In her learned and mischievous fourth collection, The Store-House of Wonder and Astonishment, Seattle poet Sherry Rind (Between States of Matter) ponders classical and medieval attitudes toward animals.
Rind quotes frequently from Ovid and Pliny in poem epigraphs as she records ancient natural history theories that have since been debunked. For example, Aristotle, unaware of birds' continent-crossing migrations, assumed they hibernate underwater: "Although fishermen may dredge hibernating swallows/ from the depths, the birds soon die/ if awakened before their time," from "Aristotle on the Disappearance of Birds."
"Paradise" describes the island wildlife discovered by Spanish and Portuguese explorers. Other topics include the lack of reptiles in Ireland, a first-century plague of rabbits, and legends of the phoenix. "Elephants, Their Capacity" is one of two poems that imagine what elephants would say to people: "Because you fear our size/ you diminish us." Indeed, a recurring theme is how humans have exploited other species--everything from beavers to toads--for food or medicine over the centuries.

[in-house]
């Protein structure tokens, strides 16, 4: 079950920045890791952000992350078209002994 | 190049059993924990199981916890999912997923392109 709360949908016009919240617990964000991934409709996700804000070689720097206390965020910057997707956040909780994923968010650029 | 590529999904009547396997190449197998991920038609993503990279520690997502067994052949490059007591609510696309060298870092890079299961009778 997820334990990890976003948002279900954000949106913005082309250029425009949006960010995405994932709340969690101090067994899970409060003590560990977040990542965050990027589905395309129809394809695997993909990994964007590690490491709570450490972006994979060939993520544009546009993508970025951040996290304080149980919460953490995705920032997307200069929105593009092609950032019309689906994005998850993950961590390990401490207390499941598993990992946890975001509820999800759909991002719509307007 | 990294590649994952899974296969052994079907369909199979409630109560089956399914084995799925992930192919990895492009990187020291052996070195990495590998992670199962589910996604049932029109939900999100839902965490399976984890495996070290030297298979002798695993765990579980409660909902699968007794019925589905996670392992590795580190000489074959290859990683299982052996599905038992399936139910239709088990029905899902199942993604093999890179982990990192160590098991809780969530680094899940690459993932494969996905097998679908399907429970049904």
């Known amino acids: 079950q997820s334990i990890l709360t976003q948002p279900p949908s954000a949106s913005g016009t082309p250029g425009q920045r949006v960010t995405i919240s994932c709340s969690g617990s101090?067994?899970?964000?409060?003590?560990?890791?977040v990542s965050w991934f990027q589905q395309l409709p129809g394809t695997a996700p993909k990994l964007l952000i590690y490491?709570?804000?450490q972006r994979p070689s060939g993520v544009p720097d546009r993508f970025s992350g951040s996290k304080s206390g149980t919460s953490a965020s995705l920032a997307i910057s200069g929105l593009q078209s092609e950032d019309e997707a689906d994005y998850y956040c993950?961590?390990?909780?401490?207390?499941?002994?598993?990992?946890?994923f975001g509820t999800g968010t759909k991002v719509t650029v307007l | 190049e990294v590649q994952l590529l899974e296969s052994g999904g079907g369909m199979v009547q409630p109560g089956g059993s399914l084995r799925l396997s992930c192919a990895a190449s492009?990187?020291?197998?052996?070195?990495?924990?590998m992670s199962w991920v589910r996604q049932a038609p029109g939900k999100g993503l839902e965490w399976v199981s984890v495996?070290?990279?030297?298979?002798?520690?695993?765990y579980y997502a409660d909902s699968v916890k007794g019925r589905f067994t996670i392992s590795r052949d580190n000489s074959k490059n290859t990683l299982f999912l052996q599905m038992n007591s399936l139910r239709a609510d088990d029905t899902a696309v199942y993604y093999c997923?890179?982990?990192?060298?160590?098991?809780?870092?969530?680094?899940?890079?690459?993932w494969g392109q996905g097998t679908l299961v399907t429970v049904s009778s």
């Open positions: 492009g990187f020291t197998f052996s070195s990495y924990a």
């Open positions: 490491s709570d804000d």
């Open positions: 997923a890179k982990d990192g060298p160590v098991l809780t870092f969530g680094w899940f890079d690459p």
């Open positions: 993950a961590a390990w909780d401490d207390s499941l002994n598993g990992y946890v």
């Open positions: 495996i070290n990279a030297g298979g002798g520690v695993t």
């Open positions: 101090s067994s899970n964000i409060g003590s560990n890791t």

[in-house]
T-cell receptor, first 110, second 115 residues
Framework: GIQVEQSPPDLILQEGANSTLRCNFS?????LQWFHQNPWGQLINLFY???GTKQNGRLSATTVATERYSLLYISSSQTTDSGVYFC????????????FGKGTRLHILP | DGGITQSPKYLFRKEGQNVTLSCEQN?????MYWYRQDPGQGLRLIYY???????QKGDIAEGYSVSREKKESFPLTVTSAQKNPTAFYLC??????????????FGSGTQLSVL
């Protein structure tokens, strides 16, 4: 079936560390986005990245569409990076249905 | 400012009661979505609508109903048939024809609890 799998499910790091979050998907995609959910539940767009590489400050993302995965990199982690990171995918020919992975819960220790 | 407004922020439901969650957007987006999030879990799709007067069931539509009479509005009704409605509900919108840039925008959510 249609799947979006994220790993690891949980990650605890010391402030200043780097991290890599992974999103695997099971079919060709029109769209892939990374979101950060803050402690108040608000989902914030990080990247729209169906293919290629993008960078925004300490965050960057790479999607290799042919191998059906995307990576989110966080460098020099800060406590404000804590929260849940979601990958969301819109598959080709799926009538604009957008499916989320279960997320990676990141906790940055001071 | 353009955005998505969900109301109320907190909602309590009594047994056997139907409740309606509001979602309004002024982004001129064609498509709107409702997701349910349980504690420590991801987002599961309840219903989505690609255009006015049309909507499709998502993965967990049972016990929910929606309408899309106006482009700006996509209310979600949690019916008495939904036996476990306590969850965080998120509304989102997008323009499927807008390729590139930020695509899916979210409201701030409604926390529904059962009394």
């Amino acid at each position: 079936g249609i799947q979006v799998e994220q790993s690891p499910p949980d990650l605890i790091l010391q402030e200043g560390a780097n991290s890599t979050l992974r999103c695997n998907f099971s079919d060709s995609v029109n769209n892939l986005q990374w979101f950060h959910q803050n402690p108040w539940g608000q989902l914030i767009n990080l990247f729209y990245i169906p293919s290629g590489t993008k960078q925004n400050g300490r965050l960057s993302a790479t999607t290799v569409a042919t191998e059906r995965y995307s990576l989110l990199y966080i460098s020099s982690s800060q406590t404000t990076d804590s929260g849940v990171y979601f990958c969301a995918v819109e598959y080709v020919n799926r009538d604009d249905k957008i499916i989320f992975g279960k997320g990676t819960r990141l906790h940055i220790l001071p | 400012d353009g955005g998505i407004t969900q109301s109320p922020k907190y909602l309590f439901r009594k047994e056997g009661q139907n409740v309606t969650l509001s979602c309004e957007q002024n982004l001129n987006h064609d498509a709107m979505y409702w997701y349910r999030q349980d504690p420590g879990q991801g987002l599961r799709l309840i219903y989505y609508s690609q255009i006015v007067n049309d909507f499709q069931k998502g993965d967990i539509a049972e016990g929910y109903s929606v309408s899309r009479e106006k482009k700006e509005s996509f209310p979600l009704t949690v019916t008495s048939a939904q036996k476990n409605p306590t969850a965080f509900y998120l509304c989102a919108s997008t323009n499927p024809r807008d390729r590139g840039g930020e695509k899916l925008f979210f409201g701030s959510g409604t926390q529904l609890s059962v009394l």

Moving between chastening and celebratory modes, the verse tells stories of connection. One standout, "The Kinde of Hyaena Called Papio," mimics a 16th-century letter recounting a moment of kinship with a monkey in a German park: "You know I keep many animals, but never have I felt I was looking into their faces as one equal to another, on the very edge of words."
Countering the archaic or biblical view of nature "as a store-house of resources provided by a creator for the benefit of human beings," Rind appreciates the creatures in Earth's treasure trove for their own sake. --Rebecca Foster, freelance reviewer, proofreader and blogger at Bookish Beck